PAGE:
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Star Trek 3D Chess

Star Trek three dimensional chess, or more properly tri dimensional chess, is, these days, a highly respected chess variant.

Although the board has much more depth than a standard chess board, it is much narrower and with muliple paths across the board, blocking becomes more difficult and the player is forced to pay more attention to tactical manoeuvring.

The game came to prominance in the first series of Star Trek, back in 1966, where a customised Lynn R. Johnson 3D chess set was used in the stories to teach Starfleet personel combat tactics in a three dimensional space.

Since then, there have been several attempts to write a complete set of rules of play, the most widely adopted can be found quite easily.

  • Federation Standard Rules Were the first ever attempt at a comprehensive set of rules for playing on the board shown in the Star Fleet Technical Manual.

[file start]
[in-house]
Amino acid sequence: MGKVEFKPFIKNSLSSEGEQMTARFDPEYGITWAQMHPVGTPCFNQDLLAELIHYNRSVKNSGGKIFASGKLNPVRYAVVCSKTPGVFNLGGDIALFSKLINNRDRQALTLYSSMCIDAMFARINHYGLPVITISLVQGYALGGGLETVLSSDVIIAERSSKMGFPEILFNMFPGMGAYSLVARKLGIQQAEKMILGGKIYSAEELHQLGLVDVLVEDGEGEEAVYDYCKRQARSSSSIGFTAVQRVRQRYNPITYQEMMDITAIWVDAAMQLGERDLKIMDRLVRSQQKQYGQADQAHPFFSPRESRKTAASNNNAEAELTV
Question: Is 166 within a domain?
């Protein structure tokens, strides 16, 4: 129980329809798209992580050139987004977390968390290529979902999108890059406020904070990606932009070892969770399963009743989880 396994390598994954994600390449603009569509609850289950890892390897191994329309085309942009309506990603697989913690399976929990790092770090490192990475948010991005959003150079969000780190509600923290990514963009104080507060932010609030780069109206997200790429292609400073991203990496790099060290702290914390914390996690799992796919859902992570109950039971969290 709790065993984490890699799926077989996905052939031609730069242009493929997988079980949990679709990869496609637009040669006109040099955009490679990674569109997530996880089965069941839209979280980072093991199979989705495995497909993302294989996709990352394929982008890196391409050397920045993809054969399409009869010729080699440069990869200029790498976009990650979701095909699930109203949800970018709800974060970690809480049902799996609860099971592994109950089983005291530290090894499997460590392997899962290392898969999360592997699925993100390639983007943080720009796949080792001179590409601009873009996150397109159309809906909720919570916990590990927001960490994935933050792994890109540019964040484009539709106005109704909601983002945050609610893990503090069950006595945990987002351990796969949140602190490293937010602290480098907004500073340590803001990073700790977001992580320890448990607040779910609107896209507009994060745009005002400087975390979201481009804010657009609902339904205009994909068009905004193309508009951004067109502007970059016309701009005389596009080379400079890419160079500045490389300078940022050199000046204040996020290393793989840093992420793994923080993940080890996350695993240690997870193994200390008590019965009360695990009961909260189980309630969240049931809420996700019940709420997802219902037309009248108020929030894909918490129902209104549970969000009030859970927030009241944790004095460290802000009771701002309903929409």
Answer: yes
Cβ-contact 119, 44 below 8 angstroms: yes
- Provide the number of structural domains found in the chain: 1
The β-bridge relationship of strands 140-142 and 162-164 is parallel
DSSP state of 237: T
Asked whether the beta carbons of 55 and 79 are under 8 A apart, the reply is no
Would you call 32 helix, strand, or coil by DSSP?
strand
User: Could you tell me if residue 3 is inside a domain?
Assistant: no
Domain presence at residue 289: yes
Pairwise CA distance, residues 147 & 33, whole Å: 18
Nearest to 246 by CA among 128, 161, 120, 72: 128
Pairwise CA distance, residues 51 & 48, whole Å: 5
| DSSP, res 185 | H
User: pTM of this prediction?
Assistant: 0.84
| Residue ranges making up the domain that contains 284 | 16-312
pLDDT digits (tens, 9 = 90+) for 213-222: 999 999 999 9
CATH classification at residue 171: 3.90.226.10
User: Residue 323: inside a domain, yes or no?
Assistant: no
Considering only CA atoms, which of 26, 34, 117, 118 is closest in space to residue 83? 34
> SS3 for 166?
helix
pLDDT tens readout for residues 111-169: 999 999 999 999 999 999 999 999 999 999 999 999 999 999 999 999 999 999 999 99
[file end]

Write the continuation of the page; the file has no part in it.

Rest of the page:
It's short comings include the unfair 'highest board' movement rule, inverted attack boards and the counterintuitive starting positions for the pieces.
  • Jens Meder's Rules Comprises of additional rules for tournament games.
    Although abandoning the 'highest board' movement rule, these rules still allow a single piece to block another pieces movement on all levels, therefore completely removing most of challenge of playing in a three dimensional environment.
  • The World Tri Dimensional Chess Federation Rules Were designed by a fighter pilot to teach three dimensional fighter tactics, they allow pieces to traverse multiple boards if there is a single clear path and utilise more intuitive starting positions for the pieces which also allows for more satisfactory castling.
    These are the rules taught here and adopted by various airforce training centres, around the world.
  • Hamilton Rules These are official tri dimensional chess rule of the Heriot Watt University chess club.
    They are notable for allowing the pieces to move directly up or down through the boards adding a further degree of complexity, but still incorporating counterintuitive starting positions.
    They were designed by an engineer from Intel.
  • Jedi Smurf Rules Though less well played around the world, these have been incorporated into various available software versions of the game.
    They too incorporate single piece blocking, the counterintuitive starting positions and are the official rules of the Amateur Tri Dimensional Chess League.

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